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is an initiative to identify and describe best (and worst) *social* practices in the Wiki community. Social practices are those approaches to Wiki stewardship and usership that can't be easily codified as technical (software) solutions, but do have proven, more "touchy-feely", solutions. The initiative was started at WikiSym
2005 by HelmutLeitner
. This started just as a dump of the notes from the initial meeting; we aim to work this up over the next few weeks.
- A common Language for expressing practices or patterns / glossary (WikiPracticesGlossary)
- give examples: e. g. pattern, practices
- write a definition
- attach the words that apply in different domains, e. g. business processes
- Trawl wiki communities for existing patterns
- Capture solution examples for the community (Practices)
- Applications of wikis
- Problem: Vandalism
- Problem: SPAM
- content structure
- Practice: front pages
- Practice: roadmaps
- Practice: categories, folders
- Practice: intro training
- Practice: buddying (buddy dives, buddy reviews)
- Problem: YAWN (Yet Another Wiki? No!)
- balance of communication, rhythm, reciprocity, resonance, aggression, echo
- Practice: backstage coaching
- Problem: misunderstandings
- Problem: communication without adding value
- Problem: verbal diarrhea
- Problem: EditWar
- Problem: WikiWars? (Wiki:WikiWar?)
- Practice: WikiMaster
- roles, perception, expectations
- decision making
- actions, rituals, processes
- Practice: personal welcome to new users
- Practice: awards (rules for awards)
- Individual parameters? values?
- Practice: Credentials, trust, reputation
- Practice: CommunicationHorizon?
- Practice: RealNamesPlease, BioNym??
- Taking the pulse
- Practice: identify valuable content
- Practice: watch current traffic
- Practice: publicize size of community
- Practice: guard your reputation
- Practice: stability before functionality
- Problem: dead things usually lie still
- constitutional elements
- Practice: mission statement
- Practice: content ownership, copyright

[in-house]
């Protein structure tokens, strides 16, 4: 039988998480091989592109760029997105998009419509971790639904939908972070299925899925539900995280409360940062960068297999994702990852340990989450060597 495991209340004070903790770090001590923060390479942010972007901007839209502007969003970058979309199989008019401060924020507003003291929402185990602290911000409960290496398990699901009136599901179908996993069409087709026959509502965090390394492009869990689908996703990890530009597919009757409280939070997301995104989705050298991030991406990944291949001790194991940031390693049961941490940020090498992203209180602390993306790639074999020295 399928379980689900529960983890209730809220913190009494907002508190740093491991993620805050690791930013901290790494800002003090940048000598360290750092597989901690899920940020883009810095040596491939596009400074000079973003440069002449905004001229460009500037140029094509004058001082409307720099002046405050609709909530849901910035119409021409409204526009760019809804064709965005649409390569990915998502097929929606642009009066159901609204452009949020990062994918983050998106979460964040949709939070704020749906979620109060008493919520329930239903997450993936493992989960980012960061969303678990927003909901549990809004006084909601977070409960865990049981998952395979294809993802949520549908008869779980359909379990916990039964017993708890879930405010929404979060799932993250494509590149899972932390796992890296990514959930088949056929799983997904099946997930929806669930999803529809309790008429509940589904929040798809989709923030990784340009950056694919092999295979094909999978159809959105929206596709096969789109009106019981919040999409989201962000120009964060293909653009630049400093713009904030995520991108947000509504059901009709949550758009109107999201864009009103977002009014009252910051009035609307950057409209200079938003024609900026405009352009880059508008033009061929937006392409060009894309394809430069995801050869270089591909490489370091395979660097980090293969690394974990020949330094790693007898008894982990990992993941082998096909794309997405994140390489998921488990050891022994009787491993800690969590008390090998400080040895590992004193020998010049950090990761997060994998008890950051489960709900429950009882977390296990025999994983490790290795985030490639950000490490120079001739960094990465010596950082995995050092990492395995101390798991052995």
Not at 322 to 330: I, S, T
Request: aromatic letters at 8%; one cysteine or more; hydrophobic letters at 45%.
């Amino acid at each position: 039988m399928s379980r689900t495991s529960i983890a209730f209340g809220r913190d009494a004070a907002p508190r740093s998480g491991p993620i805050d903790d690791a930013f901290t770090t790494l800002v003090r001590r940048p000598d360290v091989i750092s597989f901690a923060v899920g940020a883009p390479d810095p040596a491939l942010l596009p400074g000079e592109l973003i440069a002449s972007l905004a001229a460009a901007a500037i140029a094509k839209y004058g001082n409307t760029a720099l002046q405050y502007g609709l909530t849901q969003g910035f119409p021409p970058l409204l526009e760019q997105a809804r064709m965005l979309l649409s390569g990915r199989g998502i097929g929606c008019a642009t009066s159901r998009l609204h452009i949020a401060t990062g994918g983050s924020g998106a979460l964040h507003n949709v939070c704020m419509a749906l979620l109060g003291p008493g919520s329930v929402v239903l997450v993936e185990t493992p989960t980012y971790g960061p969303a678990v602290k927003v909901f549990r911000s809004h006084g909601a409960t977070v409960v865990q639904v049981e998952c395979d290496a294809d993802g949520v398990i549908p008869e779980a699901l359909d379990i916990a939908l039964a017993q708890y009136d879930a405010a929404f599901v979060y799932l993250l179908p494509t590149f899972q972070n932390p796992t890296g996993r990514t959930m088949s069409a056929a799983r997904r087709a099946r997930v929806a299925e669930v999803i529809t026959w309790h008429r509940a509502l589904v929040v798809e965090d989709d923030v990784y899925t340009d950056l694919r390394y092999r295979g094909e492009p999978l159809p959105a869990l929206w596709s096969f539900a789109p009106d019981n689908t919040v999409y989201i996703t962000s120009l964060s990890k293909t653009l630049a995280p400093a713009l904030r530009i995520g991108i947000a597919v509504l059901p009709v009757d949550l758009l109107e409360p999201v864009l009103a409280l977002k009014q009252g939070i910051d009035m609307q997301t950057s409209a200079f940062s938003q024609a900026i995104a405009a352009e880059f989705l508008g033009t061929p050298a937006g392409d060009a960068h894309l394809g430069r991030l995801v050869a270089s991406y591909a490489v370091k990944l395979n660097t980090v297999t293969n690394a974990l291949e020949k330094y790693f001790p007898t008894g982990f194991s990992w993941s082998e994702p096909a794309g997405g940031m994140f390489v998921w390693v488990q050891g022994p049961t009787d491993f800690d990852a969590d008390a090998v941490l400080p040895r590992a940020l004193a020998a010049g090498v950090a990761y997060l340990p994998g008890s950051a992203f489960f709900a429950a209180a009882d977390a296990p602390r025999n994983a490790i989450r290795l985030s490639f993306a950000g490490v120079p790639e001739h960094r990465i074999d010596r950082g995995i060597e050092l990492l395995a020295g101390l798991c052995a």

- Practice: anonymity vs. RealNamesPlease
- Problem: organisations wanting to have control?
- Problem: the search for personal advantages?
- Problem: legal liability
- Problem examples (BadPractices?, anti-patterns?, dark patterns?)
- Roles and reputations
- Foot - in - mouth what does this mean?
- It means to speak (type) without thinking first
The workgroup found that some work will have to go into developing a common language or WikiPracticesGlossary, that can be used internally for the work. The created texts will probably need translations depending on the groups one want to talk to.
Material to consider: single pages
Material to consider: overview pages
Wikis do not work by switching them on, they are not technical devices like heaters. Usually there is a single individual that promotes the wiki. Depending on the context you may talk about the founder, initiator, champion, moderator. (often it would be much more desirable to have a group of people doing so, but it seems difficult to fairly divide the responsibilities)
Only a certain percentage of people are natural wiki writers. Targeting a real community - like students, employees or a hospital's physicians - only 5-10% of them will use the wiki out of their own accord. One must create clear advantages for the users or give well-defined tasks to the users to get wiki going in a real community.
You need a wiki champion who likes, understands and promotes wiki use.
In a larger user group a UserGallery? helps people to know each other.
- This from [Infoconomy:Diana Walker] is what I like to see. I have an story about the two guys I met from the banking corporation, one wanted to bring a wiki in and the other said wouldn't happen because their corporate culture is so blame orientated. Questions will get asked that superiors don't want asked, so no one will answer, then people get in trouble for not answering. He mentioned another part of the company had one. This did little to deter the other though, but I was glad for the observation. MarkDilley
WikiPractices at schools and universities
The teacher must take the role of the wiki champion.
The teacher must define clear tasks.
If there are more than one class in the wiki a UserGallery? will help the students to know each other and to collaborate.
WikiPractices at open online communities
A lot of experience has been gathered in WikiLifeCycle.
HelmutLeitner: In early 2004 I created a closed wiki for my 20 class mates (a wiki application pattern?). It served the preparations of the 30th anniversary of our final examinations. In the end we went to Italy for a weekend with our families. A number of experiences went with this wiki. I didn't suggest any behaviour in the wiki, so it was kind of emergent. People didn't know about signing and naturally chose this "speaker: text" pattern I use in this paragraph. We also had a successful democratic process in deciding for where we went (there was no consensus, 70% voted for Italy). We now use the wiki to share photos, keep phone numbers current, prepare smaller meetings.
I wonder whether good or bad practices can always clearly be separated. Thinking in terms of systems a new pattern - good or bad - may fit a situation or not. For example BenevolentDictator may work well for many projects in initial stage but may cease to work eventually.
Perhaps not, but you are thinking in terms of *roles* and not *practices*. The *practices* of a BenevolentDictator include such things as "making a decision" which can be clearly expressed as a ritual. Example: